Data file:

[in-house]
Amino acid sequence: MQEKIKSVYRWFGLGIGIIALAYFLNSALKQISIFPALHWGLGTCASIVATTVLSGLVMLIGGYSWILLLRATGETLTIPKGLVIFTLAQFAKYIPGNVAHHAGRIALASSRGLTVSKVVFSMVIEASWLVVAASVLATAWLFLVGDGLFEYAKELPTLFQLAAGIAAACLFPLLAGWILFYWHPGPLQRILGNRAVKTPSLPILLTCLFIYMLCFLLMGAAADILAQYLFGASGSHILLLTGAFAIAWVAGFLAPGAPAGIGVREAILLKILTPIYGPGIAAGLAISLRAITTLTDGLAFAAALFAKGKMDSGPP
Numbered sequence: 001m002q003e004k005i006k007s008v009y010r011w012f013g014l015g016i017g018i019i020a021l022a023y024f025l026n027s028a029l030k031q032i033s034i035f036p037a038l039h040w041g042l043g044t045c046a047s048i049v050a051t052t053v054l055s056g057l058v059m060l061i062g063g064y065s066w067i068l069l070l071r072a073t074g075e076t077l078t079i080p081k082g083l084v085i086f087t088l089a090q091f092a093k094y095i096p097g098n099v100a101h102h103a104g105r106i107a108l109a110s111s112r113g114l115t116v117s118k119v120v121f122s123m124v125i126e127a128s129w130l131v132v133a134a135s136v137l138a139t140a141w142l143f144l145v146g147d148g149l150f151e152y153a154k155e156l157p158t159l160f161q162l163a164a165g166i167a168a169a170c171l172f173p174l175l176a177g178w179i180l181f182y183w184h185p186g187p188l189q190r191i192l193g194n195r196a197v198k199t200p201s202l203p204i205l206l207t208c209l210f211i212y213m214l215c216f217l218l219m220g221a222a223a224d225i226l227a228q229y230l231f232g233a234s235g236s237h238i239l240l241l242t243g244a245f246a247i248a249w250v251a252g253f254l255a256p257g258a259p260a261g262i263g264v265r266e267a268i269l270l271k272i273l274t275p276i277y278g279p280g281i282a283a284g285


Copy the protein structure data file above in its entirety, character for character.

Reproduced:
[in-house]
Amino acid sequence: MQEKIKSVYRWFGLGIGIIALAYFLNSALKQISIFPALHWGLGTCASIVATTVLSGLVMLIGGYSWILLLRATGETLTIPKGLVIFTLAQFAKYIPGNVAHHAGRIALASSRGLTVSKVVFSMVIEASWLVVAASVLATAWLFLVGDGLFEYAKELPTLFQLAAGIAAACLFPLLAGWILFYWHPGPLQRILGNRAVKTPSLPILLTCLFIYMLCFLLMGAAADILAQYLFGASGSHILLLTGAFAIAWVAGFLAPGAPAGIGVREAILLKILTPIYGPGIAAGLAISLRAITTLTDGLAFAAALFAKGKMDSGPP
Numbered sequence: 001m002q003e004k005i006k007s008v009y010r011w012f013g014l015g016i017g018i019i020a021l022a023y024f025l026n027s028a029l030k031q032i033s034i035f036p037a038l039h040w041g042l043g044t045c046a047s048i049v050a051t052t053v054l055s056g057l058v059m060l061i062g063g064y065s066w067i068l069l070l071r072a073t074g075e076t077l078t079i080p081k082g083l084v085i086f087t088l089a090q091f092a093k094y095i096p097g098n099v100a101h102h103a104g105r106i107a108l109a110s111s112r113g114l115t116v117s118k119v120v121f122s123m124v125i126e127a128s129w130l131v132v133a134a135s136v137l138a139t140a141w142l143f144l145v146g147d148g149l150f151e152y153a154k155e156l157p158t159l160f161q162l163a164a165g166i167a168a169a170c171l172f173p174l175l176a177g178w179i180l181f182y183w184h185p186g187p188l189q190r191i192l193g194n195r196a197v198k199t200p201s202l203p204i205l206l207t208c209l210f211i212y213m214l215c216f217l218l219m220g221a222a223a224d225i226l227a228q229y230l231f232g233a234s235g236s237h238i239l240l241l242t243g244a245f246a247i248a249w250v251a252g253f254l255a256p257g258a259p260a261g262i263g264v265r266e267a268i269l270l271k272i273l274t275p276i277y278g279p280g281i282a283a284g285